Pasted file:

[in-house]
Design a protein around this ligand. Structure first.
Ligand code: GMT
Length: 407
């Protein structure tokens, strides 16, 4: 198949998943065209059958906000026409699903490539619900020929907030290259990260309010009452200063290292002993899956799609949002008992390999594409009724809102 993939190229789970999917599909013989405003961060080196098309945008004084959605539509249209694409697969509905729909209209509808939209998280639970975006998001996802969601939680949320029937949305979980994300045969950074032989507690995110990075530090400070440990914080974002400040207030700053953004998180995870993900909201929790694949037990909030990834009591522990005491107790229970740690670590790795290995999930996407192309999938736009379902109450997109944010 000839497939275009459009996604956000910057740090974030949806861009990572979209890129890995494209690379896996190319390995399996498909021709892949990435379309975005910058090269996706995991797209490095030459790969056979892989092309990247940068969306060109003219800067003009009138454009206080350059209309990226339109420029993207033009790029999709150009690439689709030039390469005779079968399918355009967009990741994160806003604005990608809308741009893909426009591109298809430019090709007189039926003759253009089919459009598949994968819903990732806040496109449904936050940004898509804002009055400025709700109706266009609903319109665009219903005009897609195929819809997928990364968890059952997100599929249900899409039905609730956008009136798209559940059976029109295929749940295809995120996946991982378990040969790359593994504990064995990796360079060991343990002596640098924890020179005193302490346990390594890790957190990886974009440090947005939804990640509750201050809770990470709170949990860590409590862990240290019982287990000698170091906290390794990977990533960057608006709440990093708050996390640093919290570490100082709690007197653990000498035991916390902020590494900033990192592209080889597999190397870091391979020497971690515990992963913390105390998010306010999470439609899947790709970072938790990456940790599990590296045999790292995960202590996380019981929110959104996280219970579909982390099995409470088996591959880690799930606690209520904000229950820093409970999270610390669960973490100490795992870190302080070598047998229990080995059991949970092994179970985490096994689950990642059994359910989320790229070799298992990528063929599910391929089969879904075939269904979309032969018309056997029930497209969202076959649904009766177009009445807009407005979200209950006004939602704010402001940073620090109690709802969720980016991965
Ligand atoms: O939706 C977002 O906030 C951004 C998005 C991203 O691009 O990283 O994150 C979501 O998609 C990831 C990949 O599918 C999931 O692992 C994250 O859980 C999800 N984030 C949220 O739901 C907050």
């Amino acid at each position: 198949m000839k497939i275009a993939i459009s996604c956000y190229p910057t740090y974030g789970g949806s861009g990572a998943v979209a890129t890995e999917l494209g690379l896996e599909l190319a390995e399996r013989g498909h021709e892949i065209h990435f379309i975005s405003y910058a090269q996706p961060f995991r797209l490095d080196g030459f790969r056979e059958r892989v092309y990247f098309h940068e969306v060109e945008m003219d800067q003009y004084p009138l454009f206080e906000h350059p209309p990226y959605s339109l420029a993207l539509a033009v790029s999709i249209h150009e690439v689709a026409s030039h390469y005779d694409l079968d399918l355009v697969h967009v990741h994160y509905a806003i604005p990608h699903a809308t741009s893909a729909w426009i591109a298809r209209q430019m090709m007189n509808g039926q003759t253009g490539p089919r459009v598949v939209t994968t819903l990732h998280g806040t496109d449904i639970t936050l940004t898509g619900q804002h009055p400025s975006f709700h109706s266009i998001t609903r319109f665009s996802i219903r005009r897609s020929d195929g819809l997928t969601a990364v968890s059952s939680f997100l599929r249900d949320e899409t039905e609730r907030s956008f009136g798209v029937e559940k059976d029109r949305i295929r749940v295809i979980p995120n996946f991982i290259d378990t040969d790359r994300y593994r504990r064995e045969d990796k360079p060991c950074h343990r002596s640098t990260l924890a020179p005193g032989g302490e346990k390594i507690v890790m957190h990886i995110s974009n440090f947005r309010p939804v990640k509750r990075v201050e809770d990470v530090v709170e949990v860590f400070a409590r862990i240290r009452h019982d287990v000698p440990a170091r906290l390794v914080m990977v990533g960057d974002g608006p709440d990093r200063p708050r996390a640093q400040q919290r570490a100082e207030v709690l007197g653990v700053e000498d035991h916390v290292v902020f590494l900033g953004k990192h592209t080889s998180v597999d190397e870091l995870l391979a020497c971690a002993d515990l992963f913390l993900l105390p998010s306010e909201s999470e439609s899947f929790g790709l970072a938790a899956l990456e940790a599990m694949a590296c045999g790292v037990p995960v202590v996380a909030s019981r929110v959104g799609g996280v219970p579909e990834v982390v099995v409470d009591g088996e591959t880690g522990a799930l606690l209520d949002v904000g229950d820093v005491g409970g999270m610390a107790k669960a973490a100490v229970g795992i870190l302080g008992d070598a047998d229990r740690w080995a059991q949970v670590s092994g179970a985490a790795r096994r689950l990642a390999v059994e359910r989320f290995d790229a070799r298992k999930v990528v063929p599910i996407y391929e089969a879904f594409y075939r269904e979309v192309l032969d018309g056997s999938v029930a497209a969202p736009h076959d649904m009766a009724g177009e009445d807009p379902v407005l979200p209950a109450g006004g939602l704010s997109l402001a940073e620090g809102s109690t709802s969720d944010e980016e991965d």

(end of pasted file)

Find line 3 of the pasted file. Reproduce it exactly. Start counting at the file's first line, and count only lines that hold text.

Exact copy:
Ligand code: GMT